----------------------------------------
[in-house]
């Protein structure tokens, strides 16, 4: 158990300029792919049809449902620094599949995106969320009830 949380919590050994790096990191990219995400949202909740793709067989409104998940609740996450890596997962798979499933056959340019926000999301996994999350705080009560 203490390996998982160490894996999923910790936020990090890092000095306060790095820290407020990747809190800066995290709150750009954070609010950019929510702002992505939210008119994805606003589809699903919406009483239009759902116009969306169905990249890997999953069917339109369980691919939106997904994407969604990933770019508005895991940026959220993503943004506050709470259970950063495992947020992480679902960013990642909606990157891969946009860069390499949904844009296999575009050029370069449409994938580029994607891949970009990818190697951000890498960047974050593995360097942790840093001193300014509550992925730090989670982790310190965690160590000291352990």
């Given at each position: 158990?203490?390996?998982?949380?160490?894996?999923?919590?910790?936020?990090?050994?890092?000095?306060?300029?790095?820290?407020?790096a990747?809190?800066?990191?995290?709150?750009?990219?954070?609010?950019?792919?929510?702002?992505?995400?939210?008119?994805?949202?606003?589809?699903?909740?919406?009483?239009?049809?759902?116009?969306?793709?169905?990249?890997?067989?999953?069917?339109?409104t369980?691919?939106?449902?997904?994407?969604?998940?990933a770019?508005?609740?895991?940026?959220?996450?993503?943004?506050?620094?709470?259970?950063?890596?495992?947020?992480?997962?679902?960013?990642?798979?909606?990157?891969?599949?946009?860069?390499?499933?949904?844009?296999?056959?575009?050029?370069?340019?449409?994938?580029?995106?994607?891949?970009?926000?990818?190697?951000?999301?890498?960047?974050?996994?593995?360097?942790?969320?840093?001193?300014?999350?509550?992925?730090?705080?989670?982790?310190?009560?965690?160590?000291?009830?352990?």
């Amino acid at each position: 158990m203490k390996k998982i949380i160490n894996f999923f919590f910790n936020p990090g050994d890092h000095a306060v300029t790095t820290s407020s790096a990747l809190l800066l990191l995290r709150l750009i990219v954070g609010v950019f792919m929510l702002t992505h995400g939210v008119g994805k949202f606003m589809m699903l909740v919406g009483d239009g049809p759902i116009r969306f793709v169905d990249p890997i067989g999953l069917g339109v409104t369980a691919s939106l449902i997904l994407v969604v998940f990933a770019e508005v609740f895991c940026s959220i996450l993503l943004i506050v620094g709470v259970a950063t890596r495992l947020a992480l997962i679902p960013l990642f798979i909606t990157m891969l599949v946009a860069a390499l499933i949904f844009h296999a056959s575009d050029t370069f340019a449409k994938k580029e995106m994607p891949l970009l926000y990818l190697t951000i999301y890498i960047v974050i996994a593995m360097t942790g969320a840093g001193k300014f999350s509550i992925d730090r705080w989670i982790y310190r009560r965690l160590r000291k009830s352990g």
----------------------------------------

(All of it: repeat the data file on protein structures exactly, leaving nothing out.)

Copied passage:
[in-house]
């Protein structure tokens, strides 16, 4: 158990300029792919049809449902620094599949995106969320009830 949380919590050994790096990191990219995400949202909740793709067989409104998940609740996450890596997962798979499933056959340019926000999301996994999350705080009560 203490390996998982160490894996999923910790936020990090890092000095306060790095820290407020990747809190800066995290709150750009954070609010950019929510702002992505939210008119994805606003589809699903919406009483239009759902116009969306169905990249890997999953069917339109369980691919939106997904994407969604990933770019508005895991940026959220993503943004506050709470259970950063495992947020992480679902960013990642909606990157891969946009860069390499949904844009296999575009050029370069449409994938580029994607891949970009990818190697951000890498960047974050593995360097942790840093001193300014509550992925730090989670982790310190965690160590000291352990």
């Given at each position: 158990?203490?390996?998982?949380?160490?894996?999923?919590?910790?936020?990090?050994?890092?000095?306060?300029?790095?820290?407020?790096a990747?809190?800066?990191?995290?709150?750009?990219?954070?609010?950019?792919?929510?702002?992505?995400?939210?008119?994805?949202?606003?589809?699903?909740?919406?009483?239009?049809?759902?116009?969306?793709?169905?990249?890997?067989?999953?069917?339109?409104t369980?691919?939106?449902?997904?994407?969604?998940?990933a770019?508005?609740?895991?940026?959220?996450?993503?943004?506050?620094?709470?259970?950063?890596?495992?947020?992480?997962?679902?960013?990642?798979?909606?990157?891969?599949?946009?860069?390499?499933?949904?844009?296999?056959?575009?050029?370069?340019?449409?994938?580029?995106?994607?891949?970009?926000?990818?190697?951000?999301?890498?960047?974050?996994?593995?360097?942790?969320?840093?001193?300014?999350?509550?992925?730090?705080?989670?982790?310190?009560?965690?160590?000291?009830?352990?």
């Amino acid at each position: 158990m203490k390996k998982i949380i160490n894996f999923f919590f910790n936020p990090g050994d890092h000095a306060v300029t790095t820290s407020s790096a990747l809190l800066l990191l995290r709150l750009i990219v954070g609010v950019f792919m929510l702002t992505h995400g939210v008119g994805k949202f606003m589809m699903l909740v919406g009483d239009g049809p759902i116009r969306f793709v169905d990249p890997i067989g999953l069917g339109v409104t369980a691919s939106l449902i997904l994407v969604v998940f990933a770019e508005v609740f895991c940026s959220i996450l993503l943004i506050v620094g709470v259970a950063t890596r495992l947020a992480l997962i679902p960013l990642f798979i909606t990157m891969l599949v946009a860069a390499l499933i949904f844009h296999a056959s575009d050029t370069f340019a449409k994938k580029e995106m994607p891949l970009l926000y990818l190697t951000i999301y890498i960047v974050i996994a593995m360097t942790g969320a840093g001193k300014f999350s509550i992925d730090r705080w989670i982790y310190r009560r965690l160590r000291k009830s352990g």